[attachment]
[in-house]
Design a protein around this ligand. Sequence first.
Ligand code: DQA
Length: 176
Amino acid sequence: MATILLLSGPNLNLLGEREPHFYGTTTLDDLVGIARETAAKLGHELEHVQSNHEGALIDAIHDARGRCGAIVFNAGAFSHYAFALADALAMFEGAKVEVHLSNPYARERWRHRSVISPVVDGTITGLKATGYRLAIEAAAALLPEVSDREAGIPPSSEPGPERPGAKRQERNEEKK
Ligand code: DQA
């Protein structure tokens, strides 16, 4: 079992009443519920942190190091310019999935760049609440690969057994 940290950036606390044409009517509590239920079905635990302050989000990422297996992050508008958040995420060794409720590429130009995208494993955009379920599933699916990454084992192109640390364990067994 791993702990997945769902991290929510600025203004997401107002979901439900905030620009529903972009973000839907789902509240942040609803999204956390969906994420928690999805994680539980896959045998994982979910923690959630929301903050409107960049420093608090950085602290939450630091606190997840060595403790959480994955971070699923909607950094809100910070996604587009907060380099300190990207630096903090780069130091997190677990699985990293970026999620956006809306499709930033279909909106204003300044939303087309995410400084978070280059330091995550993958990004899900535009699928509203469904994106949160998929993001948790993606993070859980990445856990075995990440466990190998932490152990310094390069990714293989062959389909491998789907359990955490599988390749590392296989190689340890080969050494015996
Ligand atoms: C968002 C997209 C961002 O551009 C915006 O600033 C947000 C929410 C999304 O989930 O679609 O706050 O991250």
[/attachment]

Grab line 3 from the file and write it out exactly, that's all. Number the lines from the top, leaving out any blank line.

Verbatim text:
Ligand code: DQA